Manjuben inhabits a male world. She owns and drives a truck. Manjuben has broken the gender stereo-types which are part of the social landscape she inhabits. She has created an identity for herself against social, cultural and economic norms, and yet commands respect from her peers. This identity is deliberately ‘male’, that of a macho trucker, drawn from several popular notions of maleness. She dresses like a man, goes to the barber, gets herself photographed posing in the manner of popular media idols, and blends totally into the very masculine world of truckers.
Yet, Manju defies simple categorization. Though she lives an emancipated life compared to the other women in her society, she seems to share most its patriarchal values. Thus, in her own house, while she herself eats before the men folk, the other women always eat last. Manjuben is no crusader.

She is a small, though successful entrepreneur, efficient and well acquainted with the tricks of her trade. Underlying all the bravado lies the simple knowledge that if she hadn’t had monetary success in her business, she would never have been allowed to live the life she does as a respected member of society.
A film about freedom, about identity, about desires.

Director – Sherna Dastur
Camera – K.U. Mohanan
Sound Recording and Sound Design – Madhu Apsara
Editing – Lalitha Krishna
Producer – Sehjo Singh


PRAMOD PATI (1932-1975) was an experimental filmmaker, who worked extensively with animation technicques to create a large poetic oeuvre while working as Film Officer for the Odihsa government and the head of Films Division’s animation unit, through the 1950s and 2960s. He studied animation at FAMU, in Prague, Czechoslovakia, under Jifi Brdecka, Edward Hoffman and Jiri Trnka. Among his most famous films are Explorer, Klaxplosion, Abid, Perspectives and Trip.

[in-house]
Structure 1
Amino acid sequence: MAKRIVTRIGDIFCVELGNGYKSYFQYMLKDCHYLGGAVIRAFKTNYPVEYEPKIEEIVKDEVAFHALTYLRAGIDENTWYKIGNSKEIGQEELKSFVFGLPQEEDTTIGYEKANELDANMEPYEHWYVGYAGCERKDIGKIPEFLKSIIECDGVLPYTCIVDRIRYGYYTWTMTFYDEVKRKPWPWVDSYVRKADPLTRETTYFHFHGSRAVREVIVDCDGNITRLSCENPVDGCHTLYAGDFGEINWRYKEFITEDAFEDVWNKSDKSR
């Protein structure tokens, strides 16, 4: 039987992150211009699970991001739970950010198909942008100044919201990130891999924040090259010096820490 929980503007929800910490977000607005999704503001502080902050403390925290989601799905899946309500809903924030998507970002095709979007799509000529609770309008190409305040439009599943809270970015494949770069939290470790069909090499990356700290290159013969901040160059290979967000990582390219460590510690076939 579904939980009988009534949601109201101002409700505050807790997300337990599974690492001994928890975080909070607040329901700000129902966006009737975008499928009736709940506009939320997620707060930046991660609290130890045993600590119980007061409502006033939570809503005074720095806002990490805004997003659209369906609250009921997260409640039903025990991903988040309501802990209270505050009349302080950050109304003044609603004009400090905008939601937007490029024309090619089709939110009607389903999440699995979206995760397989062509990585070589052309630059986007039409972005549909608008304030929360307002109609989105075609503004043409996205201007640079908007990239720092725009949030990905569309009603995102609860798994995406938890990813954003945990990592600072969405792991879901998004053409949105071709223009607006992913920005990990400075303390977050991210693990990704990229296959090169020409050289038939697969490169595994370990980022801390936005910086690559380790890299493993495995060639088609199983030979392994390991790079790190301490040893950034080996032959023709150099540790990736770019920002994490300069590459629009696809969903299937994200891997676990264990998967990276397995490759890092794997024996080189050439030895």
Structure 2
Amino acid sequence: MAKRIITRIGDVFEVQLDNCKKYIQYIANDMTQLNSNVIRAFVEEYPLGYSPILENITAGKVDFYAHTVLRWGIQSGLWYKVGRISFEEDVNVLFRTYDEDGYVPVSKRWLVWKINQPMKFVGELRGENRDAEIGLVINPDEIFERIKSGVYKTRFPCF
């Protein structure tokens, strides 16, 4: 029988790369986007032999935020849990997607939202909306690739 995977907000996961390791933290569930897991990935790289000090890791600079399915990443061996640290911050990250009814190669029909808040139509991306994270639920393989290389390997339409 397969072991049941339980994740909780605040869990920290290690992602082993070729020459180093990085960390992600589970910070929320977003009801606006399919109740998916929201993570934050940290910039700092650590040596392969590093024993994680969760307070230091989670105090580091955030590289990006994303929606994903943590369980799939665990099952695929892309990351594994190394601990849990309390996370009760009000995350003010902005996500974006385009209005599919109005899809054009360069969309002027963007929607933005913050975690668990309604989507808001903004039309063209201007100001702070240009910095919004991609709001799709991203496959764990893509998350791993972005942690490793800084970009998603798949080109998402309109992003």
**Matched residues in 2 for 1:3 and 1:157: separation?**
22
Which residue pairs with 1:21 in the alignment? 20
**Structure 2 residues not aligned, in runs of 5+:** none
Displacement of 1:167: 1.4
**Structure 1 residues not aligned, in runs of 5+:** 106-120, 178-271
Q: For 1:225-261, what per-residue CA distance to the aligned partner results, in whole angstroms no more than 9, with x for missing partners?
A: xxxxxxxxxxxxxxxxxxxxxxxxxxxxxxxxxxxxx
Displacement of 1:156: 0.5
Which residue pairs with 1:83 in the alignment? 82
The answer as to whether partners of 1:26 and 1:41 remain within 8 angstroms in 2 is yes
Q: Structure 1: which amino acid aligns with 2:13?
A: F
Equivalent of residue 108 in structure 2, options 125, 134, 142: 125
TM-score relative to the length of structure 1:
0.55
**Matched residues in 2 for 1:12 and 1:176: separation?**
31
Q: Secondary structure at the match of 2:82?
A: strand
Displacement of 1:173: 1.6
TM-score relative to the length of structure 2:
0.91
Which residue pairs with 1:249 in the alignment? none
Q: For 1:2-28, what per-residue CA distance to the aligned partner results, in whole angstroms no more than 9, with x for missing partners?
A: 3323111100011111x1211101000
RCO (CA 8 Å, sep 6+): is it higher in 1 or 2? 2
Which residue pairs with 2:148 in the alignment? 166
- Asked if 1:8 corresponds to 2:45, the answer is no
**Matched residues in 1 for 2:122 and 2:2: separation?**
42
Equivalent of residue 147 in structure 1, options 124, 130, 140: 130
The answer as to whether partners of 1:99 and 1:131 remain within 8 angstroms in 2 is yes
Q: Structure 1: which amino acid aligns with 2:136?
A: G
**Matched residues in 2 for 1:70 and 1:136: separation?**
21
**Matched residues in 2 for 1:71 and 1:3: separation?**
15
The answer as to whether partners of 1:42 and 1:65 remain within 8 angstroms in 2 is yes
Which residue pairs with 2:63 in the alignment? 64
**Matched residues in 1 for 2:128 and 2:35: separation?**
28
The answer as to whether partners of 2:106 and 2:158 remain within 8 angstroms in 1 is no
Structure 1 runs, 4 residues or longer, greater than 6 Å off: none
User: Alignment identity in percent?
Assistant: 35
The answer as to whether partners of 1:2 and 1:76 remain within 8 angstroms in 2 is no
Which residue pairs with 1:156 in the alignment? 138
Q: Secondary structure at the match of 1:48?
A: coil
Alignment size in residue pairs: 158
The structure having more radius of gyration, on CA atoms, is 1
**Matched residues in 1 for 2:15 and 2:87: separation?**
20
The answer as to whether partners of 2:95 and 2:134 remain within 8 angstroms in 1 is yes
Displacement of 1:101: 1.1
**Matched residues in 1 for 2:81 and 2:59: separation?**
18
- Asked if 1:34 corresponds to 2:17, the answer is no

RUCHIR JOSHI is a film-maker and writer who lives in Kolkata. Joshi has made films which blur the boundaries between documentary, personal essay and quasi-fiction. Among his films are, Eleven Miles, a feature-length, `anti-ethnographic’ exploration of the Baul folk-traditions of Bengal, Memories of Milk City, a short poetic film on Ahmedabad, and Tales from Planet Kolkata, a satirical essay-film on the way the media percieves the city of Calcutta. Joshi’s first novel, The Last Jet-engine Laugh, was published in India and in the UK in 2001, and he is now working on his second book.

SHERNA DASTUR is a graduate of the National Institute of Design, Ahmedabad, now living and working in New Delhi. She has made documentaries, including Safdar Hashmi (2000), Rah Bahari (Those Outside the Path) (1997) and Jungle Bolta Hai (Voices of the Jungle) (1994). She is also famous as a designer of books including, Amar Kanwar’s The Torn First Pages and Majlis’s Project Cinema City as well as several books for children and political art books.

Date and time:
31st May 2014, 4 pm

RR 2 Theatre
6th floor
Stage 2 Building
Films Division
Pedder Road

Veniteci a trovare
il 31 maggio 2014